Only January, Yet Already Time to Sow Seeds?

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It’s only January! Surely it’s too soon to sow seeds? Source: worldartsme.com, rdkate.blogspot.ca & mzayat. com

The new year has barely begun, yet now and over the coming month it’s already time to start certain seeds indoors.

This is a very select group of especially slow-to-mature plants. January is far too early for most seeds (think March or April instead), but you need about four to five months of indoor culture to bring the following plants to the right state of growth for outdoor planting.

  1. Agastache (Agastache foeniculum)
  2. Datura (Datura metel)
  3. Fairy Snapdragon (Chaenorrhinum origanifolium, syn. glaerosum)
  4. Lisianthus (Eustoma grandiflora)
  5. Spike dracaena or cabbage palm (Cordyline australis, syn. indivisa)
  6. Tritome (Kniphofia )
  7. Tuberous Begonia (Begonia × tuberhybrida)

No Easy Feat!

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Artificial light is almost essential for seeds started in January. Source: laidbackgardener. blog

Starting seed in January in the Northern Hemisphere is not simple. The days are short, the sun is weak and, in many areas, the weather is gray more often than sunny, meaning light is seriously lacking. Also, temperatures in front of the average windowsill are cool, yet almost all seeds need warmth—and fairly even temperatures—to germinate well. As a result, you pretty much have to start these under artificial lights, such as fluorescent or LED plant lights, and in the warmest part of your home.

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Germinate the seedlings under glass, possibly over a heating pad, as above. Source: www.amazon.fr

Always start winter-sown seeds “under glass” (under some sort of transparent covering) to maintain high humidity and stable temperatures and in a room that is at least moderately warm (72 to 75˚ F/21 to 24˚ C) or place the seed containers on a heating pad (one specifically designed for plants). Use a timer to set the day length of your lamp at 14 hours to simulate the long days of summer and place the containers of freshly sown seeds about 6 to 12 inches (15 to 30 cm) below the lamp. Now, wait patiently for germination to occur. (One reason that certain seeds need early sowing is that they are slow to germinate.)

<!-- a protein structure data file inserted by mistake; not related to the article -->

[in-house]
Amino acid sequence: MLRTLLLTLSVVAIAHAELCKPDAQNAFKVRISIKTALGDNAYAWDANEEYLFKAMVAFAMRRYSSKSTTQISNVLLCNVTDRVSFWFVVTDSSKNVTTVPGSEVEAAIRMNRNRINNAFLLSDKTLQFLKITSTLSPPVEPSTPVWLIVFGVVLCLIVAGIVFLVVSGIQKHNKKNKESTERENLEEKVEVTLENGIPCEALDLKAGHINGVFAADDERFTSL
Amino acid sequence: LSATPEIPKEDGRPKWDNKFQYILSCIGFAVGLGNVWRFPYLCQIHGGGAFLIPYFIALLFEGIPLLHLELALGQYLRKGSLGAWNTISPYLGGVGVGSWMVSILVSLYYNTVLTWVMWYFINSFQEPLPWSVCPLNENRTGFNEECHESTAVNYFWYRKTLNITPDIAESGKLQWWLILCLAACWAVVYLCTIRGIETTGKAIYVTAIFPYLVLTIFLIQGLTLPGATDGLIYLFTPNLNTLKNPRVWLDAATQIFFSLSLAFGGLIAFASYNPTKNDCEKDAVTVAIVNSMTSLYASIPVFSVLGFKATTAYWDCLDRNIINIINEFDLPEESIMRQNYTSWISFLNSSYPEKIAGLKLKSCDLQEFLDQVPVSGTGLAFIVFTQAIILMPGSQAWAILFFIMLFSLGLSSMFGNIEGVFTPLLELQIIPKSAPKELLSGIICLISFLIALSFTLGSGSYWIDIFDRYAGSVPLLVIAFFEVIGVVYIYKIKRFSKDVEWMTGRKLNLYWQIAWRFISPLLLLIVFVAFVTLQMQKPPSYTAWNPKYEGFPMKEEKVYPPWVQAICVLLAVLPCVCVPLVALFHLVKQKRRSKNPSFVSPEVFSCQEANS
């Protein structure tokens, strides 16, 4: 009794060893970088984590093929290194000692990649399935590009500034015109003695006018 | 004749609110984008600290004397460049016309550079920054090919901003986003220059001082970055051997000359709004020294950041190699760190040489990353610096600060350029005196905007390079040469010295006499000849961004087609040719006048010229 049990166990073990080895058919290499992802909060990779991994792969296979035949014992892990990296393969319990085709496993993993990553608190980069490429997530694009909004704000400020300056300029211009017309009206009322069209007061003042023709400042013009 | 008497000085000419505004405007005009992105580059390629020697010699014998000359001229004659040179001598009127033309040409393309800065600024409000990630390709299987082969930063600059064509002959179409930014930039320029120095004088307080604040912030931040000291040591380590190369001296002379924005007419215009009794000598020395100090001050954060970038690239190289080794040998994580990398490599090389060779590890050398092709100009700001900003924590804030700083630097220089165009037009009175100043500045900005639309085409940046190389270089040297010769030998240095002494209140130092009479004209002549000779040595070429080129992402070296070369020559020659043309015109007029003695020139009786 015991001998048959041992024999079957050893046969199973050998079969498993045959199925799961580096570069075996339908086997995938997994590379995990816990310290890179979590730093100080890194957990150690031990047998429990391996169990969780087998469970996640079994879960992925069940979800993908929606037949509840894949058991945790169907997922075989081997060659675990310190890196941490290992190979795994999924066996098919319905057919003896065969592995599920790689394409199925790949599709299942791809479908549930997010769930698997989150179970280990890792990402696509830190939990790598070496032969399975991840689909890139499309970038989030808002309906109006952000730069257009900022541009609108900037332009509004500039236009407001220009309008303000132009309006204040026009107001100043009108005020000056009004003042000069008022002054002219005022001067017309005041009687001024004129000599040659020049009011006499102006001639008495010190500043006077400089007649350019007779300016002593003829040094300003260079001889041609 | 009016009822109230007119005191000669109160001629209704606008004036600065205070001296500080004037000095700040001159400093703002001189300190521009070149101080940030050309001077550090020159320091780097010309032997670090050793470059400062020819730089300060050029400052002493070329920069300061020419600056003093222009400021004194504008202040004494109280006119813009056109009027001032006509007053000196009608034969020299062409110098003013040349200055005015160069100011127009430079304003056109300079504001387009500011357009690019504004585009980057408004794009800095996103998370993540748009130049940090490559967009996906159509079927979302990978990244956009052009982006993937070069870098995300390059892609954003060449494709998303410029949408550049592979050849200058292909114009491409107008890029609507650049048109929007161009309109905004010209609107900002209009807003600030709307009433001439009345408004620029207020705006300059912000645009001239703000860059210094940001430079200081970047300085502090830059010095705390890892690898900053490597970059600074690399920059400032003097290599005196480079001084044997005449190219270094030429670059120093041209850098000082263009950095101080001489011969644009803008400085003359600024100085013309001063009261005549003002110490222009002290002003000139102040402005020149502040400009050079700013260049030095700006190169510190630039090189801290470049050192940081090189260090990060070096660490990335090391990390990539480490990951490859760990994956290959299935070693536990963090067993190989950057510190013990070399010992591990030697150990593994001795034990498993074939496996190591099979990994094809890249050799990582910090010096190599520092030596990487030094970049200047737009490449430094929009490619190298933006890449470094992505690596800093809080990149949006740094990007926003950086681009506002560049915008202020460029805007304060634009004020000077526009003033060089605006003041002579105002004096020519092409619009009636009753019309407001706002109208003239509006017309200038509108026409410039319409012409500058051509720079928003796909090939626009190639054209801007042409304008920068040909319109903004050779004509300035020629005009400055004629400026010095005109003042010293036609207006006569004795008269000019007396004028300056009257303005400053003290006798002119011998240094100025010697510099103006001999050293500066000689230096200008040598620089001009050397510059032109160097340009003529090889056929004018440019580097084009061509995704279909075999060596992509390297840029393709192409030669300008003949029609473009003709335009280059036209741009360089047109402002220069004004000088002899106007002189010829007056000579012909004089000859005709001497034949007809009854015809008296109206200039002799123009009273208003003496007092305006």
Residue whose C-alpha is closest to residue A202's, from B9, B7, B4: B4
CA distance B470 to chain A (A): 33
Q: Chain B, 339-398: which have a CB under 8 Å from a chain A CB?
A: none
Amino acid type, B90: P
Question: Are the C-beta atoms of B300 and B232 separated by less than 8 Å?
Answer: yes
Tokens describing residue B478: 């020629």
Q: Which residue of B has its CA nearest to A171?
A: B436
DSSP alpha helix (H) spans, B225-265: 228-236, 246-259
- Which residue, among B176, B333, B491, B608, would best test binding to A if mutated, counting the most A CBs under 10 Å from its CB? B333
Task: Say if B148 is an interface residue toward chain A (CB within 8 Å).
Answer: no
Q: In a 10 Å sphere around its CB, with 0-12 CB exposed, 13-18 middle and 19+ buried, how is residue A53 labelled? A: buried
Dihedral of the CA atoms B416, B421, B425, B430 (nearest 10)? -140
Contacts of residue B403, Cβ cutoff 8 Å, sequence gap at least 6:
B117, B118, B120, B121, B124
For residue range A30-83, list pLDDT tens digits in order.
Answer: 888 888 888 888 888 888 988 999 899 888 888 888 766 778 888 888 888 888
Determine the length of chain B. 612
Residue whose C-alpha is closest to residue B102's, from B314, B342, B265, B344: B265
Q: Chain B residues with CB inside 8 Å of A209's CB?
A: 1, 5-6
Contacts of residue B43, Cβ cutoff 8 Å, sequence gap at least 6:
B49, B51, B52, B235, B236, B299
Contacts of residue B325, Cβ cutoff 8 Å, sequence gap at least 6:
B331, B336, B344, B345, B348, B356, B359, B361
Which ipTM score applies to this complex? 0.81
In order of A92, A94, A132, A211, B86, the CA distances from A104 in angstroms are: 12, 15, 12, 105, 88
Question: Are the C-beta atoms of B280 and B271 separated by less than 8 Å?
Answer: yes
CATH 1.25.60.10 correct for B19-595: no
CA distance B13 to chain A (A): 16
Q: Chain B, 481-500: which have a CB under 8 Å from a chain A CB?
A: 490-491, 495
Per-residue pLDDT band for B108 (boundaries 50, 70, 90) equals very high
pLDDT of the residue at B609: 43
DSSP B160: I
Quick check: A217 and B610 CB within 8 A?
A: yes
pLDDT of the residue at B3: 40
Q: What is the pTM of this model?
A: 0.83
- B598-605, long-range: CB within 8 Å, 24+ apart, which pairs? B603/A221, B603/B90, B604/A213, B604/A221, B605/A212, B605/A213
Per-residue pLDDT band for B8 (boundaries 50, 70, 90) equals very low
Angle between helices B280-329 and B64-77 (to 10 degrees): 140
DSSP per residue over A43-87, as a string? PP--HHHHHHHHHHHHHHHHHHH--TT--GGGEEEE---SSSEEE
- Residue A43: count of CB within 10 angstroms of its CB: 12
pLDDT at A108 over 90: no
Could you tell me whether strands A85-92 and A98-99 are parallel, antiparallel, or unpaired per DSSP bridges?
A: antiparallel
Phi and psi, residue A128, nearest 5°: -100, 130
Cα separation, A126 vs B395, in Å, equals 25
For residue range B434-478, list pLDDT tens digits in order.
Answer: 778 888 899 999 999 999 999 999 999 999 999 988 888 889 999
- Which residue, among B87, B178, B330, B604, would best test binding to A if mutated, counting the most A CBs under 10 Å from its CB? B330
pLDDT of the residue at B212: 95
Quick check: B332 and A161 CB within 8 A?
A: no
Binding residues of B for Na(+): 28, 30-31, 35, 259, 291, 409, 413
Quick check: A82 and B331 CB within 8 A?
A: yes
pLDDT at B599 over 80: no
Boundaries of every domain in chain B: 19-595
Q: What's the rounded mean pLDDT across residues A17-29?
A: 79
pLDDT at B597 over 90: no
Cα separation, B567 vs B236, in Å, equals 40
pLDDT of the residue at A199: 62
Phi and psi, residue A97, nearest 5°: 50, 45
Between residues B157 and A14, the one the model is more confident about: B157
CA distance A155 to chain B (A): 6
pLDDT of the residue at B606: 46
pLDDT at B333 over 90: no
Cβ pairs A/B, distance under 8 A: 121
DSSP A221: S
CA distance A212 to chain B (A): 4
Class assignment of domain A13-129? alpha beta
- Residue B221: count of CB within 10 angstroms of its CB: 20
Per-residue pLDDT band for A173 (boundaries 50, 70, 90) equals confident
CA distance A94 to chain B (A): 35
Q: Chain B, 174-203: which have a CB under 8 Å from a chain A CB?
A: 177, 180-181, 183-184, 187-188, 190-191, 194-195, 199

Seeds That Require a Cold Treatment

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Many tree, shrub and perennial seeds need a cold treatment before they will germinate. Source: laidbackgardener. blog

January (or December or February) is also a good time to start seeds that need a cold treatment (cold stratification) to germinate well. This group includes most trees and shrubs from cold and temperate climates, but also many perennials and even a few annuals.

These seeds will not germinate until they have received a given number of days of cool, moist conditions, from as little as one or two weeks to four months or more, information you would (hopefully) find on the seed pack.

The number of weeks given is the minimum requirement for that species, but there is no maximum. So, if you keep seeds that need, say, a two-week treatment in the cold for two months, that’s not a problem. That’s nice to know, because the information on the minimum cold treatment for seed X is not always available, especially for seed you harvested yourself. If you don’t know, I suggest giving seeds of perennials a six to eight-week cold treatment: that’s usually enough. For trees and shrubs, I’d recommend three months.

Simply sow these seeds in a container as you would any other, then seal them inside a clear plastic bag and pop them into the refrigerator or cold room for at least the minimum number of weeks. Afterwards, move them to a warm, well-lit spot, on a windowsill or under lights, for germination to start.

100 Seeds That Need a Cold Treatment

Here are 100 plants that germinate best with a cold treatment (there are thousands of others!). Check the seed envelope or the seed supplier’s web site for more information.